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6-4 Charting a Course
for the Future
Slide
1 of 30
Copyright Pearson Prentice Hall
6-4 Charting a Course for the Future
6-4 Charting a Course
for the Future
Researchers are gathering data to monitor
and evaluate the effects of human activities
on important systems in the biosphere. Two
of these systems are:
• the ozone layer high in the atmosphere
• the global climate system
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Copyright Pearson Prentice Hall
6-4 Charting a Course for the Future
Ozone Depletion
Ozone Depletion
Between 20 and 50 kilometers above Earth's
surface, the atmosphere contains a relatively high
concentration of ozone gas. This layer of the
atmosphere is called the ozone layer.
The ozone layer absorbs a good deal of harmful
ultraviolet, or UV, radiation from sunlight before it
reaches Earth's surface.
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Copyright Pearson Prentice Hall
6-4 Charting a Course for the Future
Ozone Depletion
Exposure to UV can:
• cause cancer
• damage eyes
• decrease organisms' resistance to disease
• damage plant leaf tissue and phytoplankton in the
oceans
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Copyright Pearson Prentice Hall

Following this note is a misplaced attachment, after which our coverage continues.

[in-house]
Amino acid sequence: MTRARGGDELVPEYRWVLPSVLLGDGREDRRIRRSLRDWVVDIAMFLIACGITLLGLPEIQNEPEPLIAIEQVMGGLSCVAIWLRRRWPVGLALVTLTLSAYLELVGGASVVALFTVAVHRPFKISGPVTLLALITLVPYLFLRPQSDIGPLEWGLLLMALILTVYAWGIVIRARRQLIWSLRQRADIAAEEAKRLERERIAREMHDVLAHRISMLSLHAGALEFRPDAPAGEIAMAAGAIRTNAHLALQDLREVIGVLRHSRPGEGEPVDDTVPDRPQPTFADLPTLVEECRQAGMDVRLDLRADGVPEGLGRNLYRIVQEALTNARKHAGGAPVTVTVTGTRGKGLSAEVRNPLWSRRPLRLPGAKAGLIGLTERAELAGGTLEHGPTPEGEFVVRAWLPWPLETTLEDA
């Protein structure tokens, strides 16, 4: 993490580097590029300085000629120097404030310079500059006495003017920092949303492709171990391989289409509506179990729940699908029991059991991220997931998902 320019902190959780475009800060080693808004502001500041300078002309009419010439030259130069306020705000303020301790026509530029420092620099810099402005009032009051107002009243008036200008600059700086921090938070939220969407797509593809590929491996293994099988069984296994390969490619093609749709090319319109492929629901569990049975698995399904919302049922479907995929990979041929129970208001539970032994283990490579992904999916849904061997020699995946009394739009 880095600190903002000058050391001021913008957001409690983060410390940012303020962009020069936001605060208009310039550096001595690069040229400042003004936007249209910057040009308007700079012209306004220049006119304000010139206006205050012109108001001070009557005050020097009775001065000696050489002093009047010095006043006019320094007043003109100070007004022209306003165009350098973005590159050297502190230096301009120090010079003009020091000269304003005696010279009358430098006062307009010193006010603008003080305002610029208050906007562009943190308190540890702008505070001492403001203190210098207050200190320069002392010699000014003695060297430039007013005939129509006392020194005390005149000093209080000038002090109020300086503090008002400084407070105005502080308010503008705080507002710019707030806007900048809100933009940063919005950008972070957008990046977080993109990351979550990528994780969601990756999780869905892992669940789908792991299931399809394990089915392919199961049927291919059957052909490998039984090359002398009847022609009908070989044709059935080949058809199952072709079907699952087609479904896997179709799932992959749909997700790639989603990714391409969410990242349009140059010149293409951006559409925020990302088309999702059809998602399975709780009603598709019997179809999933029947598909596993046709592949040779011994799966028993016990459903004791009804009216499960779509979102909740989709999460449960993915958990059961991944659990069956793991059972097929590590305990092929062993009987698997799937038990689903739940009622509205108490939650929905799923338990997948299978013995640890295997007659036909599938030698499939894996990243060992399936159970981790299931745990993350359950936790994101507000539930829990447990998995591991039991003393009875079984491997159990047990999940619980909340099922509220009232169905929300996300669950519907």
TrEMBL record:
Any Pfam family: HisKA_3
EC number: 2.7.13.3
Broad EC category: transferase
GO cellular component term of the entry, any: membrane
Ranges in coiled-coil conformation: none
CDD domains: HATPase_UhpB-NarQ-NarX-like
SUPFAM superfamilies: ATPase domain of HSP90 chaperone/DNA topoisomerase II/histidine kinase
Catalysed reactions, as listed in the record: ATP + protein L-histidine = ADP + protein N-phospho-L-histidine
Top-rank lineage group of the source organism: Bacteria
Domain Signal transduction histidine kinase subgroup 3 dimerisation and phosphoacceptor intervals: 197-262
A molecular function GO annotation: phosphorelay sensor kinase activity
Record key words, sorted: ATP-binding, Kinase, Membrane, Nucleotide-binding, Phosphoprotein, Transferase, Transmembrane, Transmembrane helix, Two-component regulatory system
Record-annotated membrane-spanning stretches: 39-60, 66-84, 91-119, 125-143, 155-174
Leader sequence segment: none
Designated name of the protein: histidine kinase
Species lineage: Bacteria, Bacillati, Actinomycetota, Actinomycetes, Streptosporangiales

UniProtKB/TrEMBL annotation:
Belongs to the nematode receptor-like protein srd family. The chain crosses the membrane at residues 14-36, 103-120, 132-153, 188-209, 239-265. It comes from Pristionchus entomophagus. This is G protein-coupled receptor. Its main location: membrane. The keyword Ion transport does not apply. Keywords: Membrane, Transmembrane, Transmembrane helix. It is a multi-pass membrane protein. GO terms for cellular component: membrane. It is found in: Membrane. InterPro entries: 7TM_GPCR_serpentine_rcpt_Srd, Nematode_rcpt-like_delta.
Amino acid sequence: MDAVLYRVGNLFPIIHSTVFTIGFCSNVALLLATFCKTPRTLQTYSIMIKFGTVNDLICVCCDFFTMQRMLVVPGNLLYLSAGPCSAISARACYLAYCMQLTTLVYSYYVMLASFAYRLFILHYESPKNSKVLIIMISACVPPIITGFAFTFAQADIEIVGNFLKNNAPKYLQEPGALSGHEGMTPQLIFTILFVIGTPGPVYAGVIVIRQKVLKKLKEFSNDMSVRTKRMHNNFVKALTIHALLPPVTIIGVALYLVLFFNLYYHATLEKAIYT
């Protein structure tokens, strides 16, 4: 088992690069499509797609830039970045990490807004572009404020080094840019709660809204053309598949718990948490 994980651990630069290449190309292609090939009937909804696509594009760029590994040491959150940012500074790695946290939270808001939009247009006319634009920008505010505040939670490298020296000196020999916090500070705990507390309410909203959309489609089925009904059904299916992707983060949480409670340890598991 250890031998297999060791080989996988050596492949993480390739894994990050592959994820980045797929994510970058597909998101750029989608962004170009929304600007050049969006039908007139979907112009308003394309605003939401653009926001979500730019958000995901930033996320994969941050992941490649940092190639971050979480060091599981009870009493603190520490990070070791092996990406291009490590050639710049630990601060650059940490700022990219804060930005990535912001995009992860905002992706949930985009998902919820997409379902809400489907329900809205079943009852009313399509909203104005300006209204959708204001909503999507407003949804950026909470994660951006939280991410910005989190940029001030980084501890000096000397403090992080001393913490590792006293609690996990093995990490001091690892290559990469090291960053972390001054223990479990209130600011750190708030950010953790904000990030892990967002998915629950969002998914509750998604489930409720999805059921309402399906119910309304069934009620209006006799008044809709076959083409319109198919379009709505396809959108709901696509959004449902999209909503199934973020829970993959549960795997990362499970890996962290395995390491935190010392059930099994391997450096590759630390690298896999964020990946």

6-4 Charting a Course for the Future
Ozone Depletion
Early Evidence
In the 1970s, scientists discovered a hole in the
ozone layer over Antarctica.
After it was first discovered, the ozone hole grew
larger.
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Copyright Pearson Prentice Hall
6-4 Charting a Course for the Future
Ozone Depletion
A similar ozone hole also appeared over the Arctic.
In 1974, a research team published data showing
that gases called chlorofluorocarbons, or CFCs,
could damage the ozone layer.
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Copyright Pearson Prentice Hall
6-4 Charting a Course for the Future
Ozone Depletion
One Solution
CFCs were once widely used:
• as propellants in aerosol cans
• as coolant in refrigerators, freezers, and air
conditioners
• in the production of plastic foams
The U.S. and other nations began reducing the use of
CFCs in 1987, and eventually banned them.
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Copyright Pearson Prentice Hall
6-4 Charting a Course for the Future
Ozone Depletion
Since the ban, the level of CFCs in the atmosphere
has decreased, indicating that the ban will have
positive, long-term effects on the global environment.
Current data predict that the ozone holes should
shrink and disappear within 50 years.
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Copyright Pearson Prentice Hall
6-4 Charting a Course for the Future
Global Climate Change
Global Climate Change
All life on Earth depends on climate conditions
such as temperature and rainfall.
Many ecologists are concerned about strong
evidence that climate is changing.
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Copyright Pearson Prentice Hall
6-4 Charting a Course for the Future
Global Climate Change
Since the late 19th century, average temperatures
have risen about 0.6 Celsius degrees.
Data indicate that since 1980, average temperatures
have risen between 0.2 and 0.3 Celsius degrees.
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Copyright Pearson Prentice Hall
6-4 Charting a Course for the Future
Global Climate Change
The term used to describe the increase in the
average temperature of the biosphere is global
warming.
One sign of global warming is melting polar ice.